Monday, 5. March 2012
The turquoise of Lake Pukaki – what a colour! It ignites the entire landscape, makes the sky above it – grey rain clouds in the distance, interwoven with large patches of clear sky-blue – appear a reddish-purple shade. My minor excursion into epistemology, all my deep thoughts about how we see things and why are past, rendered unimportant. At least for the moment. Simply because I’ve never seen anything like it in my life. That’s something that happens to me several times over the next few days. Incomparable impressions alternate with others, no less interesting, which are confusing because they differ from what I’m accustomed to, with which I can’t help immediately comparing them, over and over again.
Familiar examples that spring to mind instantly: the sun moves in the opposite direction. It is approaching April and the leaves are beginning to take on their autumn colours, one by one. The further south you go, the colder it gets. Less familiar: the angle at which the moon’s light falls on the earth is different, and so on clear nights it has a much more intensely glowing colour, tending towards green. Or: as New Zealand was originally uninhabited and some of the animals brought along by the settlers threaten the balance of nature here, the categories of “domestic” and “wild” animals have had to be redefined. As well as cows and many, many sheep, you often see fenced-in deer grazing peacefully in meadows – an absurd sight for Europeans.
We’ve managed to steer our campervan out of the hire-company’s driveway and into the flow of traffic driving on the left-hand side of the road, surviving the critical first twenty minutes without an accident, and we leave Christchurch to drive a little way westwards up country.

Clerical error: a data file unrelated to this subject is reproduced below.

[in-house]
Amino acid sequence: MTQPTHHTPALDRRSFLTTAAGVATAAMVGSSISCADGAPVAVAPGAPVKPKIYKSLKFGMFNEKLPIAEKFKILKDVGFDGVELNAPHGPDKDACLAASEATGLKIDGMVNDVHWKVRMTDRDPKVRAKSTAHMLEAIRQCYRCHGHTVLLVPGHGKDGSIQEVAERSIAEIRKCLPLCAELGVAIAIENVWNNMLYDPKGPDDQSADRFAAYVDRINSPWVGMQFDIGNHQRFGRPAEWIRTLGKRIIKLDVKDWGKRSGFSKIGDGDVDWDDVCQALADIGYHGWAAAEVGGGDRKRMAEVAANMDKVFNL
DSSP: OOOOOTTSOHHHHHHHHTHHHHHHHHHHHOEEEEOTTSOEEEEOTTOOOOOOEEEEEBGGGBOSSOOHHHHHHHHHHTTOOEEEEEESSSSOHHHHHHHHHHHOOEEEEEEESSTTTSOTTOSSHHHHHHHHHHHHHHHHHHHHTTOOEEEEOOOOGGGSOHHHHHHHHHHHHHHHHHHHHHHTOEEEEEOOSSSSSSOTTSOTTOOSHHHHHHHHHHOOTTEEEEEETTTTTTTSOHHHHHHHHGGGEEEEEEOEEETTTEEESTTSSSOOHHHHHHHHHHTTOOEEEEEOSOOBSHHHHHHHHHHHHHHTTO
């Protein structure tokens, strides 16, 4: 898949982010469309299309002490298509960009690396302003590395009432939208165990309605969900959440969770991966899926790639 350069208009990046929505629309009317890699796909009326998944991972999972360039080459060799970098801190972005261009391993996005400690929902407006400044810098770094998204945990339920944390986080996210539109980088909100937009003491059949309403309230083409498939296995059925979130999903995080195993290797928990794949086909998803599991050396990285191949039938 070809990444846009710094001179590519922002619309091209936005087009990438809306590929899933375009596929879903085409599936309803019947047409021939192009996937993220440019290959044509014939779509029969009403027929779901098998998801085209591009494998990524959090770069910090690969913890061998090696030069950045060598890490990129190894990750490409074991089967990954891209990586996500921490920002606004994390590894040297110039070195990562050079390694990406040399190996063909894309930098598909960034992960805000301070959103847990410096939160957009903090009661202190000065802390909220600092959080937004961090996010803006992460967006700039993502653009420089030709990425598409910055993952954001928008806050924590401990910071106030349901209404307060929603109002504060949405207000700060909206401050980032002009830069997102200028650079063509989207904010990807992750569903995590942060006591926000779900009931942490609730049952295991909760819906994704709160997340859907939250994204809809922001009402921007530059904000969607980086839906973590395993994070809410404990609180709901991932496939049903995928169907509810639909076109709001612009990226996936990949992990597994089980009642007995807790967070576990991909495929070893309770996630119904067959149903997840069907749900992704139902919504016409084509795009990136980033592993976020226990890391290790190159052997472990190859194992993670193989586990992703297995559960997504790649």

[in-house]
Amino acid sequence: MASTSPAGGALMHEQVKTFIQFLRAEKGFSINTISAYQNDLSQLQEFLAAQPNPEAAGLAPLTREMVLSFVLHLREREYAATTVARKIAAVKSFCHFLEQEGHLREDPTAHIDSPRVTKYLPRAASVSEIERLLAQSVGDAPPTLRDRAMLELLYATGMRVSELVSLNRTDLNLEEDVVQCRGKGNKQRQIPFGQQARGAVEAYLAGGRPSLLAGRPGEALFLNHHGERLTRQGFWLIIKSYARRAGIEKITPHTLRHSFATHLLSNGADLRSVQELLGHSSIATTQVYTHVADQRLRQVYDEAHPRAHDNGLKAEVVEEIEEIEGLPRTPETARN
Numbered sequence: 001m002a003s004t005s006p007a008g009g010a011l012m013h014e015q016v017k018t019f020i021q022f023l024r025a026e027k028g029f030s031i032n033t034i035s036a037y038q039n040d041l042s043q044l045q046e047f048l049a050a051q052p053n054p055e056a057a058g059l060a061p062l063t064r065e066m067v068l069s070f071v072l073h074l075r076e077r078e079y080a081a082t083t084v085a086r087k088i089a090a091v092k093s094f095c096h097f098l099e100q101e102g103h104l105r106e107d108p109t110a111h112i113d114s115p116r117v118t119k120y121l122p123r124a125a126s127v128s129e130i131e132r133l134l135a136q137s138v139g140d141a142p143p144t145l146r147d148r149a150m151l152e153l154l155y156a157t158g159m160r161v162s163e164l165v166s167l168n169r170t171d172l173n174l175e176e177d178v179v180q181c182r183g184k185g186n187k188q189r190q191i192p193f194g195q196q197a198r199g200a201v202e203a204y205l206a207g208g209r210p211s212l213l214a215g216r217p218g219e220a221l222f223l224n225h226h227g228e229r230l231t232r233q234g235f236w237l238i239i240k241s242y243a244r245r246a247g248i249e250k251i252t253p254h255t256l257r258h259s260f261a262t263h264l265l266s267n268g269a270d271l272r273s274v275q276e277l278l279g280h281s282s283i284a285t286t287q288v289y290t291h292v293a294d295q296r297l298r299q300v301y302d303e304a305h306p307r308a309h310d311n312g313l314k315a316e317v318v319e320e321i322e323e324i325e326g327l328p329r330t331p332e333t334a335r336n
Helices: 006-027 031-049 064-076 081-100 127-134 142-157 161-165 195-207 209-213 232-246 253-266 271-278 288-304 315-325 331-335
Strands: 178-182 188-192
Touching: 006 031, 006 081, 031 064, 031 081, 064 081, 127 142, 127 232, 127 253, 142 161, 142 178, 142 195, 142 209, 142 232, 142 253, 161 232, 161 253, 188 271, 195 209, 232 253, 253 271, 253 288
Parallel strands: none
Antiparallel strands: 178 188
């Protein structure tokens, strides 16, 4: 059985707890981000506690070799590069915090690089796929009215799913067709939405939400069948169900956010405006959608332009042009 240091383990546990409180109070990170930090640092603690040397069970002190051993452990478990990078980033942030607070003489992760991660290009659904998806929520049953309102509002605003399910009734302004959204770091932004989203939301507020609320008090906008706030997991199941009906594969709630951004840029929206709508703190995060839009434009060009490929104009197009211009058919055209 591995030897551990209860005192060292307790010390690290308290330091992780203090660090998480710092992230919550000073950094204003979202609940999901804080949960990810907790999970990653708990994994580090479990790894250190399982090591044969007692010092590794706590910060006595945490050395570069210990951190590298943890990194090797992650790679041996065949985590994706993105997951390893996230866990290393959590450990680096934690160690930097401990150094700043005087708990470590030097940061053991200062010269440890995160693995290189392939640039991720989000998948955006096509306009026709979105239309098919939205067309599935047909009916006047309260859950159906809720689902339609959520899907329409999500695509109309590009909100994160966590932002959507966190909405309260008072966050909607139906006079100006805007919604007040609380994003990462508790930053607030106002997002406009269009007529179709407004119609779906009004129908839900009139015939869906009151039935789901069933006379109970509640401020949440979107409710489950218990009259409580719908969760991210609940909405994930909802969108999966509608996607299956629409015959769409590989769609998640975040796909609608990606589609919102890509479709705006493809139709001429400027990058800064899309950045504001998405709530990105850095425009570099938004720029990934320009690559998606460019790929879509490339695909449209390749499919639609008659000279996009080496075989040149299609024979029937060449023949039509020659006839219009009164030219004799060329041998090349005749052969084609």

And so now this lake. This turquoise. As an over-civilized person you tend, after the aforementioned phase of great astonishment, to relate such sensory impressions to man-made, absolutely ridiculous things, which you have – unfortunately! – come across before, and you think: it’s as blue as a luminous highlighter pen. Or: as a lake in a colour-enhanced video.
An almost empty country road. All around it bare land, as if vacated. Unpopulated, left to itself, so it seems. As I keep stopping to get out of the van, to marvel, to take photos, I remember what I read beforehand: meltwater rivers that dash out of the glaciers here are used to produce electricity. This making use of incisive landscapes for human purposes prompts these places to change in your perception – at least for me. They are nature, and yet subordinated to a human purpose. Some kind of construction – usually a dam wall, in this case neat, straightened canals filled with turquoise water – denotes the process. The mountains around Mount Cook, protruding snow-capped and wild, remain untouched by it, but the immediate surroundings suffer a loss of autonomy, and the steering process gives the stretch of land something fantastic and unreal.
Is it conceivable that one of the few rebels and subversive outsiders we know from the history, or rather the literary history, of a country as obedient to authority for centuries as Germany – a character such as Michael Kohlhaas, for instance – could lend his name to a huge stretch of land? That’s possible here. The area is called Mackenzie Country, named after a Scottish rustler who once stole thousands of sheep, drove them into the hinterland and drove the forces of law and order to desperation, but apparently gave a major boost to sheep farming.
Before we drive back towards the coast we top up our diesel for the first time, at a sun-shimmering white petrol station. An abandoned hut, the paint peeled off, the wood beneath it so bleached that it is almost white too. Two petrol pumps, one dusty aged credit card machine, hill after hill, covered in golden yellow grass, all devoid of humanity.